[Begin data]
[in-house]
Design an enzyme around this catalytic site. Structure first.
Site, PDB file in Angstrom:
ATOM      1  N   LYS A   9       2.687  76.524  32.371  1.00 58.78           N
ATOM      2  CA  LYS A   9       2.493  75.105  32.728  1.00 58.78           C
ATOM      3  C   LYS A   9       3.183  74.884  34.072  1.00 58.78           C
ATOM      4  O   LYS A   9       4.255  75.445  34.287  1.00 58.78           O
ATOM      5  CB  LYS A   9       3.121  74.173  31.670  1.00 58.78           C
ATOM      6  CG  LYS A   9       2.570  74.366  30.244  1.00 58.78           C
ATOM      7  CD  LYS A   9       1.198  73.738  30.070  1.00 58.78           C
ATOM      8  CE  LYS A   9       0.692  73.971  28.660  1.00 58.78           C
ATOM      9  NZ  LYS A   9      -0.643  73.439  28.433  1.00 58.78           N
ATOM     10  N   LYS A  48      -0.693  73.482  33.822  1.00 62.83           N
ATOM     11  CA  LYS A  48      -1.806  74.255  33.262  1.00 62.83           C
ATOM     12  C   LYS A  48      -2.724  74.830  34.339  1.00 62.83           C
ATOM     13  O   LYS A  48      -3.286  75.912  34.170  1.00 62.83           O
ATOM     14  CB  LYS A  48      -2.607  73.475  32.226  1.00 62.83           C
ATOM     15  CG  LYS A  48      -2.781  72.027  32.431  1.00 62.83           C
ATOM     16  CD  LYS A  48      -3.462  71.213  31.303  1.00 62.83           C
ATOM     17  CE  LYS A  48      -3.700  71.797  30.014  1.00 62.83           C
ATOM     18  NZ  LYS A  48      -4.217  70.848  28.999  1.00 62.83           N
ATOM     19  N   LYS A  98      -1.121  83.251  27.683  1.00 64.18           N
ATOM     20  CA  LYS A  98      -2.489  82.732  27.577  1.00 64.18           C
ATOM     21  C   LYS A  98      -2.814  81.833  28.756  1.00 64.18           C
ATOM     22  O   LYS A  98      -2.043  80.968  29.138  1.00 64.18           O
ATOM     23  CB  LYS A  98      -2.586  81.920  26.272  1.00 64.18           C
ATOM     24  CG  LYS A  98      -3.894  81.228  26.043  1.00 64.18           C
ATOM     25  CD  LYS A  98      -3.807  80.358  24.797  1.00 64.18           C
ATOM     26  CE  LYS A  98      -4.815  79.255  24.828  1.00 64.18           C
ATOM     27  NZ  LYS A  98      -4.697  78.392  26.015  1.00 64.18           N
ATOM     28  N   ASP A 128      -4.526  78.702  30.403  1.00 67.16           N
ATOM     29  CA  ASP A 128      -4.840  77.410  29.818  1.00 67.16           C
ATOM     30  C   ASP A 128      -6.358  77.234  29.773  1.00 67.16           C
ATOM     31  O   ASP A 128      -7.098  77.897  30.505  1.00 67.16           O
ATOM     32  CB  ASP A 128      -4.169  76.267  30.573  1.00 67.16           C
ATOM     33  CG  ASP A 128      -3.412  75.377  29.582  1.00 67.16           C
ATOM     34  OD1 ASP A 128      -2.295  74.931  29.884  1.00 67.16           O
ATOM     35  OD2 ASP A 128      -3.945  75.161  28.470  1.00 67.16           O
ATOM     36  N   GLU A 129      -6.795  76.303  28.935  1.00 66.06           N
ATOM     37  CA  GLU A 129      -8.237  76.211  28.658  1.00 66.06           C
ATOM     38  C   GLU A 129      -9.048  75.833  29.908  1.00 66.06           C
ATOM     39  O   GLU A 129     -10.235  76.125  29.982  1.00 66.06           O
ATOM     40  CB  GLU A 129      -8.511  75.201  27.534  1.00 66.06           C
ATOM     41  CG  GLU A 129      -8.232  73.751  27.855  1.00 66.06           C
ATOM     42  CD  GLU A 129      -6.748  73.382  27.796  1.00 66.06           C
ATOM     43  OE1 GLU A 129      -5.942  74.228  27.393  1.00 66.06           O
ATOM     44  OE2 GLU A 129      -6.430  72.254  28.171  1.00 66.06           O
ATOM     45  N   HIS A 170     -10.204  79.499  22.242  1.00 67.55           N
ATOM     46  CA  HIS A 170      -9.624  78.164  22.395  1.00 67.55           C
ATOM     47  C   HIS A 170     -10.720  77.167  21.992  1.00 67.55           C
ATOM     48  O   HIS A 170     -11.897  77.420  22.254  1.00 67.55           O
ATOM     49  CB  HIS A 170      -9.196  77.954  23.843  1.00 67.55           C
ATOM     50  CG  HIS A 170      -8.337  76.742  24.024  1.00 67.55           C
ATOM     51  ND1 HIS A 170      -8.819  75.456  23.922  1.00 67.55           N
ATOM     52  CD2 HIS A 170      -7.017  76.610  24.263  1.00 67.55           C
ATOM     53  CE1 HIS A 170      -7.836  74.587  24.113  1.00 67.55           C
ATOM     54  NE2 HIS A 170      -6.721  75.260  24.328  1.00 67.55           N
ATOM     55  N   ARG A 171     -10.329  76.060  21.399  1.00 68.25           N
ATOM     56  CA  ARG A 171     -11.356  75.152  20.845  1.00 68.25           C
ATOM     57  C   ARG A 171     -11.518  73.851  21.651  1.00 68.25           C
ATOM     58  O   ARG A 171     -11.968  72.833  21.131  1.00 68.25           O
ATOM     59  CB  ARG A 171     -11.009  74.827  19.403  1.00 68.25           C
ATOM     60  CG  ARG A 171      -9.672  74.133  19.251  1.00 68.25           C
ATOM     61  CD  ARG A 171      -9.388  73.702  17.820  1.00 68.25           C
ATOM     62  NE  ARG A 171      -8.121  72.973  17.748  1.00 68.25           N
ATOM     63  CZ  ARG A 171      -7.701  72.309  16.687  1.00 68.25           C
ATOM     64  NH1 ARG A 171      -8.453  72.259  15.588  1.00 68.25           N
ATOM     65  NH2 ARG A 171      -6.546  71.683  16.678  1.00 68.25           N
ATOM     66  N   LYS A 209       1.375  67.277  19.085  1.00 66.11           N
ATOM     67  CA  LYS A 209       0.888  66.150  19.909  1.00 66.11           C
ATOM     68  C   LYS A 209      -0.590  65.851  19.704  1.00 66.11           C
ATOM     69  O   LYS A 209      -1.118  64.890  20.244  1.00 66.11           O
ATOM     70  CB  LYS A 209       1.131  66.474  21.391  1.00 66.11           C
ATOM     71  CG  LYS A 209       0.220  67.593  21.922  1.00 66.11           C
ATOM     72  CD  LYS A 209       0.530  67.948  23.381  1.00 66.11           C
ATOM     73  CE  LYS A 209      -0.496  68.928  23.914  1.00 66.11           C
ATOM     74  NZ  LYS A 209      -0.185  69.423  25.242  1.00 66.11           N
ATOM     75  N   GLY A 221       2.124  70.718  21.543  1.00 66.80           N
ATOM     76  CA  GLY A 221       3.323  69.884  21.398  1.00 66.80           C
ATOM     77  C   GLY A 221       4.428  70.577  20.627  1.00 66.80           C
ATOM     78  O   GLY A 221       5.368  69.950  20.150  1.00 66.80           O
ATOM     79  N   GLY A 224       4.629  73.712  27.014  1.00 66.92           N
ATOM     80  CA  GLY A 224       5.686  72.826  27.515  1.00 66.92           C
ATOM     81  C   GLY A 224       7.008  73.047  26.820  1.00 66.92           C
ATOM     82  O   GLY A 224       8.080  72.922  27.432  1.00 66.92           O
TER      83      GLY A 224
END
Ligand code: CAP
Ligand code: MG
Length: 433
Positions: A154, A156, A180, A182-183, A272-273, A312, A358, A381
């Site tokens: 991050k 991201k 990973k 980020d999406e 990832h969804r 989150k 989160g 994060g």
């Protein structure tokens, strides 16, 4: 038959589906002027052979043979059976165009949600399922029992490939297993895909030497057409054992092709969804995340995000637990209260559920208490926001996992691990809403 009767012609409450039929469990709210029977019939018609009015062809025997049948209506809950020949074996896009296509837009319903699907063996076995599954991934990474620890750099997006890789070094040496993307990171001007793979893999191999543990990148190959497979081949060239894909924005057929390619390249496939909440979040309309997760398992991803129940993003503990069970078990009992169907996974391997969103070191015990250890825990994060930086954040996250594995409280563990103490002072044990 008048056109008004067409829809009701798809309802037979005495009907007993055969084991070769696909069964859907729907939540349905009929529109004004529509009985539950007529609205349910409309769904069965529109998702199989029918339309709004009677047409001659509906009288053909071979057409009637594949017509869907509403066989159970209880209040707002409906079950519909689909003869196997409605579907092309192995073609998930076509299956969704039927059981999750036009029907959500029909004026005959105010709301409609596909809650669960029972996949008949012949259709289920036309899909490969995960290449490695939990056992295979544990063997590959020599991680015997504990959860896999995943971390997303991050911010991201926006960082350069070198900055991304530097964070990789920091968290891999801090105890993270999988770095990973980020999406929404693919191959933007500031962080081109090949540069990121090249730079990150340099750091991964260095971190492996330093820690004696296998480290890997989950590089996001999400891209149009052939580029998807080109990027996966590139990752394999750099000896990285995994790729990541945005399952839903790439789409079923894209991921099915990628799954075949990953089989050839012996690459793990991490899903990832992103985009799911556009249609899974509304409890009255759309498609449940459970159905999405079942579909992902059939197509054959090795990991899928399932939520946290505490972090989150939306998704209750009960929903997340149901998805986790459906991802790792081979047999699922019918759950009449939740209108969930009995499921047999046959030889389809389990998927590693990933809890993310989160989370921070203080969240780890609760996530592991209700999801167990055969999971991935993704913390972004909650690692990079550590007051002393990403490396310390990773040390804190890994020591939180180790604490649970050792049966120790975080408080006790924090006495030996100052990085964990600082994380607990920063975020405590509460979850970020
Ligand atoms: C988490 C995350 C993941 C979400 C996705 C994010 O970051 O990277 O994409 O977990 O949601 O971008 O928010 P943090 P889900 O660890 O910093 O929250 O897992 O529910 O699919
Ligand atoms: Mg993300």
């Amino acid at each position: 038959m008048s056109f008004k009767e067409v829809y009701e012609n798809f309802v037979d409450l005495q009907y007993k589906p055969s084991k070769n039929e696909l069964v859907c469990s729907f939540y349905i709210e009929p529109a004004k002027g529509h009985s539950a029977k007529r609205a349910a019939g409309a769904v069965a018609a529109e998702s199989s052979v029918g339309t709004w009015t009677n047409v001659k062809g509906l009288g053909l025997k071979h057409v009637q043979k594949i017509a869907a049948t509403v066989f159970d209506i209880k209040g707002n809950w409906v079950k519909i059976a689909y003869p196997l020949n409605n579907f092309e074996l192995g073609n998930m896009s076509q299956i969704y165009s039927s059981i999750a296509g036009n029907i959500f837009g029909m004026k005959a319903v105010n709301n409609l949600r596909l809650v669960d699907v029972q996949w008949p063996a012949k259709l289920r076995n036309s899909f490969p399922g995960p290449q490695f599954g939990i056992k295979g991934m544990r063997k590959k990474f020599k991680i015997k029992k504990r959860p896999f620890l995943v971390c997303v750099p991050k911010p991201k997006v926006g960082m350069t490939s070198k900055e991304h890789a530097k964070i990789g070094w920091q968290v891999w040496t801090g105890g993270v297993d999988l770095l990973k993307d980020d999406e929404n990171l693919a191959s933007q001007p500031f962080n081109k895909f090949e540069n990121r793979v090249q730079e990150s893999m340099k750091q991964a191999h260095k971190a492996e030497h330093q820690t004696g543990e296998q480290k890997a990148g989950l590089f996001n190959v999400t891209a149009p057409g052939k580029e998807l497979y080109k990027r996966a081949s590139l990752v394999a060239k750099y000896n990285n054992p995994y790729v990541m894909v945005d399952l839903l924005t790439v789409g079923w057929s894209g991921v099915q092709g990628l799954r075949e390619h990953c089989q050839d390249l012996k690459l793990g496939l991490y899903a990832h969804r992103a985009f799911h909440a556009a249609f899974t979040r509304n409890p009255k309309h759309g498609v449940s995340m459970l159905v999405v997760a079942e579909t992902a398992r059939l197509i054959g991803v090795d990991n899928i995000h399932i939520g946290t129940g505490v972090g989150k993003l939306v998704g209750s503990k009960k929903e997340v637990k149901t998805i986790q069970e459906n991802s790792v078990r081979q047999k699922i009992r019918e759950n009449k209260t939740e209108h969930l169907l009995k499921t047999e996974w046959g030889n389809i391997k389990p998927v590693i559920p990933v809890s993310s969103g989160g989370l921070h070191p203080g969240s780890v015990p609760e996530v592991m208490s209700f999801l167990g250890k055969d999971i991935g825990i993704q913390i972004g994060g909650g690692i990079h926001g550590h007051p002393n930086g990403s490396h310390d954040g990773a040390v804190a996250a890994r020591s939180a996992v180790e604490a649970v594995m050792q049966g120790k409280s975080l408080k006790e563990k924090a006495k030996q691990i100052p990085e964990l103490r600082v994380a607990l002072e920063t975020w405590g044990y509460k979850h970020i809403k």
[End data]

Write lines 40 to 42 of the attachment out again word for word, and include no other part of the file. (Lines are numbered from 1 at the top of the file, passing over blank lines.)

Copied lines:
ATOM     37  CA  GLU A 129      -8.237  76.211  28.658  1.00 66.06           C
ATOM     38  C   GLU A 129      -9.048  75.833  29.908  1.00 66.06           C
ATOM     39  O   GLU A 129     -10.235  76.125  29.982  1.00 66.06           O